• interaction control logic generator 702 receives dialogue state data from history and state machine 720 regarding the question to be asked next, (ii) receives intermediate results data from I/O logic 604 representing evaluation of the patient’s health state so far, and (iii) receives patient preferences and pertinent topics.
  • the screening or monitoring conversation seeks to detect specific health states in the patient, e.g., depression and anxiety. If such states are detected quickly, they’re detected. However, absence of such states is not assured by failing to detect them immediately. More generally, absence of proof is not proof of absence. Thus, generalized dialogue flow logic 602 finds confidence in early detection but not in early failure to detect.
  • health screening or monitoring server 102 ( Figure 4) estimates the current health state, e.g., mood, of the patient using a spoken conversation with the patient through patient device 112.
  • Interactive screening or monitoring server logic 502 sends data representing the resulting screening or monitoring of the patient to the patient’s doctor or other clinicians by sending the data to clinician device 114.
  • interactive screening or monitoring server logic 502 records the resulting screening or monitoring in screening or monitoring system data store 410.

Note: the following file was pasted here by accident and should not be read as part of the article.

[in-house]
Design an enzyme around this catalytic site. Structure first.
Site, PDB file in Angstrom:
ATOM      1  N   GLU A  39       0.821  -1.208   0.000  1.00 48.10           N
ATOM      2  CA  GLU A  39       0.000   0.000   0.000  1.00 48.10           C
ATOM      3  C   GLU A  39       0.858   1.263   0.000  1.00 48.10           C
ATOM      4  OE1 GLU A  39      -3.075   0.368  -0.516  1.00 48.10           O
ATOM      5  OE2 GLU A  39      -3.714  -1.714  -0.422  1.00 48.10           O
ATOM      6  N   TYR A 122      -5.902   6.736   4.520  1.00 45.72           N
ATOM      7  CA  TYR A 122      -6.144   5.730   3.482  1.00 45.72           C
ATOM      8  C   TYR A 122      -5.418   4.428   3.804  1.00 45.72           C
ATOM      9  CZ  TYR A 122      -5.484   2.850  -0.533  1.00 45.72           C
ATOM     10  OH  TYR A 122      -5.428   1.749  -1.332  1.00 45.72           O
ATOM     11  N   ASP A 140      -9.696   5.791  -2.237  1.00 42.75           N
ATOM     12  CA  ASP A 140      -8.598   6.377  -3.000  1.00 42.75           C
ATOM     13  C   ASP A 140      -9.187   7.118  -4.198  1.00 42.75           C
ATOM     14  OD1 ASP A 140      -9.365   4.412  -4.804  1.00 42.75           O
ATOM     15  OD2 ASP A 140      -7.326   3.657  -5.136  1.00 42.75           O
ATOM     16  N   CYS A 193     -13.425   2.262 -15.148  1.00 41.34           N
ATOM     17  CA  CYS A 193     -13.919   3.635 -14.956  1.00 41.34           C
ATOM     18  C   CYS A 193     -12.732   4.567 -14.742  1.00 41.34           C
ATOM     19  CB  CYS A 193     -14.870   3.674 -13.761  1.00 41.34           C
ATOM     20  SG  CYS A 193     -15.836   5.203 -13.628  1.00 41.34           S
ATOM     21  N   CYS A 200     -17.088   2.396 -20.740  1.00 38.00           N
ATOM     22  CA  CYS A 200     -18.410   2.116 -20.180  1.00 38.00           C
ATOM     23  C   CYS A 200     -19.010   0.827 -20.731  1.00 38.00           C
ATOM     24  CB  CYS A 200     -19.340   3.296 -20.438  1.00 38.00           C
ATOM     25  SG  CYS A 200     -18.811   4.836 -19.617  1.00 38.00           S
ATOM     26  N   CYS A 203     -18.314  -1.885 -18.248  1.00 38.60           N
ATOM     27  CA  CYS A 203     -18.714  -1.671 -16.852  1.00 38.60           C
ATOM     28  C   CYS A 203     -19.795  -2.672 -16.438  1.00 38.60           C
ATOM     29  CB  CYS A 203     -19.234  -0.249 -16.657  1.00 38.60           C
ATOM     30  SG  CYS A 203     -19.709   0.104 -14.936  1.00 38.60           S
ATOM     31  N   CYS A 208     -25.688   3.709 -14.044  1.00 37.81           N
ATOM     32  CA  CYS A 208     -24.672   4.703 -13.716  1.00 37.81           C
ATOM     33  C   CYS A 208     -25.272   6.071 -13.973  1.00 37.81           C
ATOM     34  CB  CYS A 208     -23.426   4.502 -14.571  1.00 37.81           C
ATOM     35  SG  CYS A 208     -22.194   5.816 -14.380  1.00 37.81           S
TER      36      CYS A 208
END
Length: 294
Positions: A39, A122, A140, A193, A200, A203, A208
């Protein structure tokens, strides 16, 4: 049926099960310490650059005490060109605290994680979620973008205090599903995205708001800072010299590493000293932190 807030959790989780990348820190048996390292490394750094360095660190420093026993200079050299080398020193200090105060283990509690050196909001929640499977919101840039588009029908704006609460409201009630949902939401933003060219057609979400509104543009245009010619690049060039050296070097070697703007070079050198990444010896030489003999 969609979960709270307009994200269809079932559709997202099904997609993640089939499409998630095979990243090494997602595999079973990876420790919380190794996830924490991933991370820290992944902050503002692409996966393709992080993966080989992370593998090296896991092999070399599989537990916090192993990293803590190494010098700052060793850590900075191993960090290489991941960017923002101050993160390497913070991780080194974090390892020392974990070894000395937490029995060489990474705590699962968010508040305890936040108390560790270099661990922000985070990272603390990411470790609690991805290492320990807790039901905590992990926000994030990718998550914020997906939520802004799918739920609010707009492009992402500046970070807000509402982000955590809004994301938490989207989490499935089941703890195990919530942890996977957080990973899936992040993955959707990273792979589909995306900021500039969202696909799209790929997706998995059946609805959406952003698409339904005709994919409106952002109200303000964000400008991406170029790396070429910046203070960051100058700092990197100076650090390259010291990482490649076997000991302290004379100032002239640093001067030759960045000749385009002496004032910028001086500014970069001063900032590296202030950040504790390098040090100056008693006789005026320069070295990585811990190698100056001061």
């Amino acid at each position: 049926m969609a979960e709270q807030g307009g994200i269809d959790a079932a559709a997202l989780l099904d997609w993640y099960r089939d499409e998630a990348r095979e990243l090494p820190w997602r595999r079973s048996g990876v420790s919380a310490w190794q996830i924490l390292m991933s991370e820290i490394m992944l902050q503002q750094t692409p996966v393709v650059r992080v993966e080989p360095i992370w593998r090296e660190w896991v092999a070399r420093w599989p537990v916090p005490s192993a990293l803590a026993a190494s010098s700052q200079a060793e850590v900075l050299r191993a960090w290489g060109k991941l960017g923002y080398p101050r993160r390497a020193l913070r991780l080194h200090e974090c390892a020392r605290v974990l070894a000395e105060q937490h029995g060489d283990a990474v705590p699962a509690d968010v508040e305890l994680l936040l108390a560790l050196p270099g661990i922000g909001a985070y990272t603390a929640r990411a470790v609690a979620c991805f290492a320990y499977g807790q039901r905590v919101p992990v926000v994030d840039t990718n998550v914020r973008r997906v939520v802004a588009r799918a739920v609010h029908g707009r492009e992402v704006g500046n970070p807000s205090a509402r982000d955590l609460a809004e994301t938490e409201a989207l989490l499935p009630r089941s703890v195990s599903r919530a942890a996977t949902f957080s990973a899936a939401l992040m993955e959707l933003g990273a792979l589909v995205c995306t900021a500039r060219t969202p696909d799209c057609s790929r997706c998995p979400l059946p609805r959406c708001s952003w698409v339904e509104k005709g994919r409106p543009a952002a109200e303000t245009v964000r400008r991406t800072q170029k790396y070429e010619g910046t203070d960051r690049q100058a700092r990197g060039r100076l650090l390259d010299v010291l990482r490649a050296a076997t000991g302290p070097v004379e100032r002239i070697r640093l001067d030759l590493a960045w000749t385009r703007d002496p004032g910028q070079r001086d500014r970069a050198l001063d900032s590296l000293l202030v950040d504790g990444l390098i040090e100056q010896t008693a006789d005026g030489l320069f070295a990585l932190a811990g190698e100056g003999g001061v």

• a top priority of generalized dialogue flow logic 602 is to elicit speech from the patient that is highly informative with respect to the health state attributes for which health screening or monitoring server 102 screens the patient. For example, in this illustrative embodiment, health screening or monitoring server 102 screens most patients for depression and anxiety.
  • the analysis performed by runtime model server logic 504 is most accurate when presented with patient speech of a particular quality.
  • speech quality refers to the sincerity with which the patient is speaking. Generally speaking, high quality speech is genuine and sincere, while poor quality speech is from a patient not engaged in the conversation or being intentionally dishonest.
  • generalized dialogue flow logic 602 may invite the patient to engage interactive screening or monitoring server logic 502 as an audio diary whenever the patient is so inclined. Voluntary speech by the patient whenever motivated tends to be genuine and sincere and therefore highly informative.
  • Generalized dialogue flow logic 602 may also select topics that are pertinent to the patient. These topics may include topics specific to clinical and social records of the patient and topics specific to interests of the patient. Using topics of interest to the patient may have the negative effect of influencing the patient’s mood. For example, asking the patient about her favorite sports team may cause the patient’s mood to rise or fall with the most recent news of the team. Accordingly, generalized dialogue flow logic 602 distinguishes health- relevant topics of interest to the patient from health-irrelevant topics of interest to the patient. For example, questions related to an estranged relative of the patient maybe health-relevant while questions related to the patient’s favorite television series are typically not.
  • patient device 112 displays a video representation of a speaker, i.e., an avatar, to the patient
  • patient preferences include, in addition to the preferred voice, physical attributes of the appearance of the avatar.